P000A – “A” Camshaft Position Slow Response


By Reinier (Contact Me)
Last Updated 2018-09-15
Automobile Repair Shop Owner

Trouble CodeFault LocationProbable Cause
P000A A Camshaft Position Slow Response -

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What Does Code P000A Mean?

OBD II fault code P000A is a generic code that is defined as “”A” Camshaft Position- Slow Response Bank 1”, and is set when the PCM (Powertrain Control Module) detects either that the actual position of the camshaft labelled “A” (usually the intake camshaft) does not match the desired position, or, that the camshaft is slow to respond to commands to advance or retard the valve timing on the bank of cylinders that contains cylinder #1. Note that this code only applies to applications that are fitted with VVT (Variable Valve Timing), or VCT (Variable Cam Timing).

On applications that are fitted with VVT or VCT, the PCM has the ability to rotate each camshaft relative to a fixed reference point in order to alter the valve timing. The practical advantage of this is that at low engine speeds, the valve timing can be set to produce maximum power, while at higher engine speeds the valve timing can be altered to improve the engines’ volumetric efficiency to improve fuel economy, while reducing emissions at the same time.

In practice, each camshaft is fitted with an actuator that uses pressurized engine oil to change the position, or phasing of the camshaft relative to the crankshaft to produce different power delivery characteristics at different engine speeds. In terms of operation, each camshaft actuator is fed with pressurized oil through a solenoid that is controlled by the PCM.

As a practical matter, the PCM uses input data from the engine speed sensor, throttle position sensor (or throttle pedal position sensor on drive-by-wire systems), various transmission sensors, and others to calculate an appropriate valve timing strategy based on the current engine speed, as well as on the rate of the throttle plate’s movement.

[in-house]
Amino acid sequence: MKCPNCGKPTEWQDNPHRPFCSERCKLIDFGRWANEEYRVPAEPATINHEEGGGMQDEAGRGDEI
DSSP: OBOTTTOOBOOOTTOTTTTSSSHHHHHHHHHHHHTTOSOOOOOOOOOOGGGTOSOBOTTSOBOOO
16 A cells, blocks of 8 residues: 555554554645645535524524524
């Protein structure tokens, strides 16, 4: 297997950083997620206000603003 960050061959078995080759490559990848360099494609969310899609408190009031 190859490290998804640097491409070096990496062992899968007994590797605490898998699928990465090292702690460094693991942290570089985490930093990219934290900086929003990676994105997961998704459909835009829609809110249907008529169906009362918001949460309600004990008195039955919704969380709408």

Based on these inputs, the PCM will open the oil control solenoid, which allows the actuators to rotate the camshaft to a position (relative to a fixed reference point on the crankshaft) to either advance or retard the valve timing, and that is calculated to produce improved power delivery and fuel economy. This position is referred to as the camshafts’ desired position, and the rotation of the camshaft is monitored by a dedicated position sensor that alerts the PCM that the desired position has either been reached, or not, as the case may be. Conversely, when the PCM needs to return the camshaft to its base setting, it will reverse the flow of pressurized oil through the oil control solenoid to relieve the pressure on the camshaft actuator.

Nonetheless, if the camshaft does not reach the desired position, or takes too long to complete a movement, the PCM recognizes that the camshaft is out of phase with either, or both the exhaust camshaft and the crankshaft, and it will set code P000A and illuminate a warning light as a result.

Where is the P000A sensor located?

The image above shows the location of the camshaft position sensors on a Mini application. The green arrow indicates the position of the intake camshaft’s sensor, while the red arrow indicates the position of the exhaust camshaft’s sensor.

It must be noted though that although the actual appearance of camshaft position sensors differ greatly between applications, these sensors are always located in close proximity to the camshaft(s) either on the valve cover(s), or in the cylinder head(s). However, since there may be other sensors located on the valve cover(s) or in the cylinder head(s) as well, it is important to refer to the manual for the affected application to locate and identify the camshaft position sensors correctly. Failure to do this could lead to a misdiagnosis, and quite possibly, the unnecessary replacement of parts and components.

What are the common causes of code P000A?

Some common causes of code P000A could include the following-

  • Damaged, burnt, shorted, disconnected, or corroded wiring and/or connectors in the camshaft position sensors’ control/signal circuit(s)
  • Dirty, degraded, or contaminated engine oil that prevents the free movement of either, or both the oil control solenoid and the camshaft actuator
  • Low oil level, or insufficient oil pressure
  • Defective oil control solenoid
  • Defective camshaft actuator
  • Excessive wear of the timing chain(s), and/or associated sprockets, guides, and tensioning devices
  • Defective camshaft position sensor
  • Defects in, or failures of any sensor that is involved in valve timing management, including throttle position sensors, engine speed sensors, and throttle pedal position sensors
  • Failed or failing PCM, but note that since this is a rare event the fault must be sought elsewhere before any control module is replaced

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